Meenakshi Shedde: Pop went my voice
My friend Bishakha Datta, executive director of the non-profit Point of View, that amplifies women's voices - I'm on their board - invited me to dub a few voices for an inspiring feature-length documentary, The Baulkham Hills African Ladies Troupe
So, out of the blue, I found myself dubbing last week. My friend Bishakha Datta, executive director of the non-profit Point of View, that amplifies women's voices - I'm on their board - invited me to dub a few voices for an inspiring feature-length documentary, The Baulkham Hills African Ladies Troupe. In other words, I was dubbing from English into Hindi, the voices of African women in Australia. Don't ask. I just learnt as I went along.
Theatre director Ros Horin had worked with four traumatised African women immigrants to Australia, shaping their experiences into a cathartic experience as a play, with the women playing themselves. Then, she made a documentary on the making of the play. Rosemary Kariuki-Fyfe grew up in Kenya, and was abused by her own family for years. Aminata Conteh-Biger was kidnapped at 16, and turned into a sex slave during the Sierra Leone civil war of the 1990s. Yarrie Bangura grew up in a refugee camp in Guinea, a victim of the same war. Yordanos Haile-Michael watched her father kill her mother, and at five, was forced to be a child soldier by the Eritrean army, suffering violence and sexual abuse for 15 years. Haile-Michael later told the press, that to be able to talk about her life openly in the play was amazing. "I got my life back. I got me back," she said.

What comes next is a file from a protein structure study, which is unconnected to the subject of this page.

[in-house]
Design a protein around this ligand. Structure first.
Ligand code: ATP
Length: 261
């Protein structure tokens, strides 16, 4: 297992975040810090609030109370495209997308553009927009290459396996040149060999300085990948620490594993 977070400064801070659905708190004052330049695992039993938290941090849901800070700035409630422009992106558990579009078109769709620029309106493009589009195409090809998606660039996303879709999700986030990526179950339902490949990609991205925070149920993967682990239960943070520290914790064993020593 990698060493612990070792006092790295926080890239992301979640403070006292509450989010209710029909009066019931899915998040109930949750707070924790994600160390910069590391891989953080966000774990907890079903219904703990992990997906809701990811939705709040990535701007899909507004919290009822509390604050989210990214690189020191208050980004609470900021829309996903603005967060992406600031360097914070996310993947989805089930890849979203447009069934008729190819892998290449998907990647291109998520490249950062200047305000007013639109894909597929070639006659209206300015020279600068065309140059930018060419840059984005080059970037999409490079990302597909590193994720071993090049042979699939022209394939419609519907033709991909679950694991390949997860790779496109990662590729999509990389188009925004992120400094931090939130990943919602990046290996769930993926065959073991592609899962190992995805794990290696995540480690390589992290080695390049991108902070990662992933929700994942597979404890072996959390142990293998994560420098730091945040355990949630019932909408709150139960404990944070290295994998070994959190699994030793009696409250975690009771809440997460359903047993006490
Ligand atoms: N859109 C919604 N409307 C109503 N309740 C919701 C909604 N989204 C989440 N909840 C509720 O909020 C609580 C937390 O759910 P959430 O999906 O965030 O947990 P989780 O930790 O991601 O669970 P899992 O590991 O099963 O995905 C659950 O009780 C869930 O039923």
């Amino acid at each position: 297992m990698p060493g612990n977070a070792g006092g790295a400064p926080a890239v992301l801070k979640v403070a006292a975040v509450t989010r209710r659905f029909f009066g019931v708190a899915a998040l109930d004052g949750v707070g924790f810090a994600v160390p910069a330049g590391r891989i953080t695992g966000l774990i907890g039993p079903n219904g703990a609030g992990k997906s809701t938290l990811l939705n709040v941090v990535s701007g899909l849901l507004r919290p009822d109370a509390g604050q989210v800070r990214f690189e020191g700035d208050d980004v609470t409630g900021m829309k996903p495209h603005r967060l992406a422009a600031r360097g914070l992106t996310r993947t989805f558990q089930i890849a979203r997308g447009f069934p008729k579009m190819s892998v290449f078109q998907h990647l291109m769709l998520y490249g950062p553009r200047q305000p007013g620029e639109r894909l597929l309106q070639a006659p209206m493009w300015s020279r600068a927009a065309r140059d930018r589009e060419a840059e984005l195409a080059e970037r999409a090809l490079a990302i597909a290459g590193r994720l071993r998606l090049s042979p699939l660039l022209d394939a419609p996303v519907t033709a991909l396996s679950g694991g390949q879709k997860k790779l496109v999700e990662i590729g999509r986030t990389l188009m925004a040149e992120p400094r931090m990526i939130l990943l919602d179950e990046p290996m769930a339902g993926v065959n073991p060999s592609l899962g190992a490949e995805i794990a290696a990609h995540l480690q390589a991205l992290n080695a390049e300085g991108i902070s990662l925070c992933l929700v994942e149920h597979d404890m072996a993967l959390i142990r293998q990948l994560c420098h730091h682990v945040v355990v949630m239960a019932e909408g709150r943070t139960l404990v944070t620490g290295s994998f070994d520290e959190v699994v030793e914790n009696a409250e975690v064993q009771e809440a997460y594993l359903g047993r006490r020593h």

While dubbing in Hindi, I tried to 'match' my voice to the tone and body language of the African women. "Kitni sundar ho, baby," became the more Bambaiyya: "Ay, kya jhakaas lag rahi hai, re!" And it was hilarious how the four in the studio - Bishakha, a Bengali, audio expert Abhishek Nair, a Malayali; Sameera Iyengar, a Tamilian, and me, a Konkani speaker, both dubbing - tried to tease out the nuances of the text in Hindi, not a first language for any of us. For lines referring to Aminata's degradation, instead of being emotional, Nair suggested I try a dreamy, whispery voice, irony giving it dramatic power. He was right. Bishakha said I was a natural, and made my day.
There was a circular mesh before the microphone, a 'pop filter' that removes natural 'pops' while you speak. "What you hear of your voice is not what others hear," Nair explained. "Your voice resonates in your chest and head, so you hear it as more bass. What others hear, your recorded or 'true' voice, tends to be a few pitches higher." All this was a revelation to me. It was like the other seminal revelation, made by sound recordist and sound designer PM Satheesh, who had recorded the sound for my first film, Looking for Amitabh, in which blind people evoked Amitabh Bachchan through sound, hearing and touch: he told me there are many kinds of silences. It took me a while to wrap my head around that one. As they say at Avid Learning, "Learning never stops."
Meenakshi Shedde is South Asia Consultant to the Berlin Film Festival, award-winning critic, curator to festivals worldwide and journalist. Reach her at firstname.lastname@example.org.
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